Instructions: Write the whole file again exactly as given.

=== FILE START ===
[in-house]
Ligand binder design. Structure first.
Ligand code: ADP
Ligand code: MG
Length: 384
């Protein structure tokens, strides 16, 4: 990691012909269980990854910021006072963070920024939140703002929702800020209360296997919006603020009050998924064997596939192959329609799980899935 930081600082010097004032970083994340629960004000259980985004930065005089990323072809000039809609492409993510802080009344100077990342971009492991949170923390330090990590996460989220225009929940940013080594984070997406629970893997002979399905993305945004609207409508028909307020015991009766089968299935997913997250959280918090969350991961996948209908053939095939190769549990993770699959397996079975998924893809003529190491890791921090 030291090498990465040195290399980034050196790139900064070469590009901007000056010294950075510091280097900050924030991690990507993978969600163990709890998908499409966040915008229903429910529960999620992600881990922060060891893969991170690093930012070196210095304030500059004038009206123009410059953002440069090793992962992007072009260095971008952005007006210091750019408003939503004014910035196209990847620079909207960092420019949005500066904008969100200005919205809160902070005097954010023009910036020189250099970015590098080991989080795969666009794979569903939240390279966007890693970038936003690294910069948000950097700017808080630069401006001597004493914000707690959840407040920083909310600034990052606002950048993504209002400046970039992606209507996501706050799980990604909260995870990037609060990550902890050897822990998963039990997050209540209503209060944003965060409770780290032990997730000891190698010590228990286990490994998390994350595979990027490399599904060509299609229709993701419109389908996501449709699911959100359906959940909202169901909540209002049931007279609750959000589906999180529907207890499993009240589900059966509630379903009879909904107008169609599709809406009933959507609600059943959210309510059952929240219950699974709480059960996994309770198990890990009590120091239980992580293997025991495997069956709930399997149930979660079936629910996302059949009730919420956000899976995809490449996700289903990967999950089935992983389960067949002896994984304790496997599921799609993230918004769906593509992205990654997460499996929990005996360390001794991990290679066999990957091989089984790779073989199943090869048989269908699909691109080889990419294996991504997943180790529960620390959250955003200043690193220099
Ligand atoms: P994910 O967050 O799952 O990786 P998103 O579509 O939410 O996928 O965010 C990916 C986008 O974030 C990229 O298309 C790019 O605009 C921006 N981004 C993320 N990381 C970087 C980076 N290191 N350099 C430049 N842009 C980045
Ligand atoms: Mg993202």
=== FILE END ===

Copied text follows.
[in-house]
Ligand binder design. Structure first.
Ligand code: ADP
Ligand code: MG
Length: 384
């Protein structure tokens, strides 16, 4: 990691012909269980990854910021006072963070920024939140703002929702800020209360296997919006603020009050998924064997596939192959329609799980899935 930081600082010097004032970083994340629960004000259980985004930065005089990323072809000039809609492409993510802080009344100077990342971009492991949170923390330090990590996460989220225009929940940013080594984070997406629970893997002979399905993305945004609207409508028909307020015991009766089968299935997913997250959280918090969350991961996948209908053939095939190769549990993770699959397996079975998924893809003529190491890791921090 030291090498990465040195290399980034050196790139900064070469590009901007000056010294950075510091280097900050924030991690990507993978969600163990709890998908499409966040915008229903429910529960999620992600881990922060060891893969991170690093930012070196210095304030500059004038009206123009410059953002440069090793992962992007072009260095971008952005007006210091750019408003939503004014910035196209990847620079909207960092420019949005500066904008969100200005919205809160902070005097954010023009910036020189250099970015590098080991989080795969666009794979569903939240390279966007890693970038936003690294910069948000950097700017808080630069401006001597004493914000707690959840407040920083909310600034990052606002950048993504209002400046970039992606209507996501706050799980990604909260995870990037609060990550902890050897822990998963039990997050209540209503209060944003965060409770780290032990997730000891190698010590228990286990490994998390994350595979990027490399599904060509299609229709993701419109389908996501449709699911959100359906959940909202169901909540209002049931007279609750959000589906999180529907207890499993009240589900059966509630379903009879909904107008169609599709809406009933959507609600059943959210309510059952929240219950699974709480059960996994309770198990890990009590120091239980992580293997025991495997069956709930399997149930979660079936629910996302059949009730919420956000899976995809490449996700289903990967999950089935992983389960067949002896994984304790496997599921799609993230918004769906593509992205990654997460499996929990005996360390001794991990290679066999990957091989089984790779073989199943090869048989269908699909691109080889990419294996991504997943180790529960620390959250955003200043690193220099
Ligand atoms: P994910 O967050 O799952 O990786 P998103 O579509 O939410 O996928 O965010 C990916 C986008 O974030 C990229 O298309 C790019 O605009 C921006 N981004 C993320 N990381 C970087 C980076 N290191 N350099 C430049 N842009 C980045
Ligand atoms: Mg993202």